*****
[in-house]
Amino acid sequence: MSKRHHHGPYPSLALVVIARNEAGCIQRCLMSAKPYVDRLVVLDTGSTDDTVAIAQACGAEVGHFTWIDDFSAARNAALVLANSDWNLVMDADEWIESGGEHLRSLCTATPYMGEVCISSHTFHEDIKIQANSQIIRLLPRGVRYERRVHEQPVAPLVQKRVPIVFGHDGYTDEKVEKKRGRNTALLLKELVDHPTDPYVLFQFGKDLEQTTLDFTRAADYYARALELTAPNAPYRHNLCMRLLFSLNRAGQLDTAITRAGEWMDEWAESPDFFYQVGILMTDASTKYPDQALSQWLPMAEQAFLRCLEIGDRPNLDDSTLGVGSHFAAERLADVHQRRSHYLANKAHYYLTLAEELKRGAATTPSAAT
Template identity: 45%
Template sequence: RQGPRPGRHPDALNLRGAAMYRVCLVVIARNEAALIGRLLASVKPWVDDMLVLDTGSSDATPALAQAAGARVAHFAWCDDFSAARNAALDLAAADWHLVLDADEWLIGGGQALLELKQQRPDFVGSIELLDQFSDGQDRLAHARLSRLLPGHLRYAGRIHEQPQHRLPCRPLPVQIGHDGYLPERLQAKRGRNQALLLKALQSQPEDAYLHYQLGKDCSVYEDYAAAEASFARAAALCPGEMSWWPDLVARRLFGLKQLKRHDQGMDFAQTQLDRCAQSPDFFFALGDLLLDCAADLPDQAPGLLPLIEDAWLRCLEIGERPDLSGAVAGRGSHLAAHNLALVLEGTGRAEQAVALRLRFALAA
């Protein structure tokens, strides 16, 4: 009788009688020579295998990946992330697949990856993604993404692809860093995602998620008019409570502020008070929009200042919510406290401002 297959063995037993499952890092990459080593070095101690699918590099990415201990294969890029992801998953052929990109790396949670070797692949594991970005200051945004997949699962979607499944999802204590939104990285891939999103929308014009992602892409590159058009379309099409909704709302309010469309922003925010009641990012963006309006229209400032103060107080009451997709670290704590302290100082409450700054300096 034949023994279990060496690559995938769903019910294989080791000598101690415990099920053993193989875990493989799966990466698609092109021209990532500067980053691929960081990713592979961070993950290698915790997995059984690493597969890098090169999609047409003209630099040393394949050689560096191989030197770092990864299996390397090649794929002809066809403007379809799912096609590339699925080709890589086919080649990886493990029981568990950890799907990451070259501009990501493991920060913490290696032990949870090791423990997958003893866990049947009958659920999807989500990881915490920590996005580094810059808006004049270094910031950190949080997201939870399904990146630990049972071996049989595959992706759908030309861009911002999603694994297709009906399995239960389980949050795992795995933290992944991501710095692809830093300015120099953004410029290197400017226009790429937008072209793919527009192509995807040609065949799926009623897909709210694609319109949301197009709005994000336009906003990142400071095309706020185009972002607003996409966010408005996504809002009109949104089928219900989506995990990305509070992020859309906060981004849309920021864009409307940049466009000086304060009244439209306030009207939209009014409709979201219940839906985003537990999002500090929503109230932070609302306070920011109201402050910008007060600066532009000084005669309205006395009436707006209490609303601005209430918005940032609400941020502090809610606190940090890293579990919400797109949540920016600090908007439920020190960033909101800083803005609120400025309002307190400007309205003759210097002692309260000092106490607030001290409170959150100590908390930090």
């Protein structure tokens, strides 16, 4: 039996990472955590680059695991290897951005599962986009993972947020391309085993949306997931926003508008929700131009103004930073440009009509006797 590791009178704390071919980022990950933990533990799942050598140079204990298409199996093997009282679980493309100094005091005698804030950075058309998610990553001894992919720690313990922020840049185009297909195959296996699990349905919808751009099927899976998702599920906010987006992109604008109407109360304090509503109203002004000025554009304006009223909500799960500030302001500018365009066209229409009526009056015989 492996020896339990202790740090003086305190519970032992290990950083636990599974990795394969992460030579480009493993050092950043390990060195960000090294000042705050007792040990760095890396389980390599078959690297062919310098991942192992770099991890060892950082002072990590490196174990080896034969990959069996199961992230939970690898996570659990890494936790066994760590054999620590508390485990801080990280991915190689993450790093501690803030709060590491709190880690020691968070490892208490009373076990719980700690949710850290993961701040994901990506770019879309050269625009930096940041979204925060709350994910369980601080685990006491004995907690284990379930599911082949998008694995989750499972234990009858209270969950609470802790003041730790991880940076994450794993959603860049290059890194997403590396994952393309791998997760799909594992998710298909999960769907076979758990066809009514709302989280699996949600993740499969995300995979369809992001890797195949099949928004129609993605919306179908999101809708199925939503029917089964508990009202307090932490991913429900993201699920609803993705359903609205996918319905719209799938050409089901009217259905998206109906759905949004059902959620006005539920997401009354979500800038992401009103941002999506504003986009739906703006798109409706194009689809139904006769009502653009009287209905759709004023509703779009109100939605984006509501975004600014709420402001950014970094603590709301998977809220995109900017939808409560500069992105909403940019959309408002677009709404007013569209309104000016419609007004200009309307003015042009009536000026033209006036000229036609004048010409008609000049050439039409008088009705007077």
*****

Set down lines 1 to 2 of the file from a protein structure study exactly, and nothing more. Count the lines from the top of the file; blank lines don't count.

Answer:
[in-house]
Amino acid sequence: MSKRHHHGPYPSLALVVIARNEAGCIQRCLMSAKPYVDRLVVLDTGSTDDTVAIAQACGAEVGHFTWIDDFSAARNAALVLANSDWNLVMDADEWIESGGEHLRSLCTATPYMGEVCISSHTFHEDIKIQANSQIIRLLPRGVRYERRVHEQPVAPLVQKRVPIVFGHDGYTDEKVEKKRGRNTALLLKELVDHPTDPYVLFQFGKDLEQTTLDFTRAADYYARALELTAPNAPYRHNLCMRLLFSLNRAGQLDTAITRAGEWMDEWAESPDFFYQVGILMTDASTKYPDQALSQWLPMAEQAFLRCLEIGDRPNLDDSTLGVGSHFAAERLADVHQRRSHYLANKAHYYLTLAEELKRGAATTPSAAT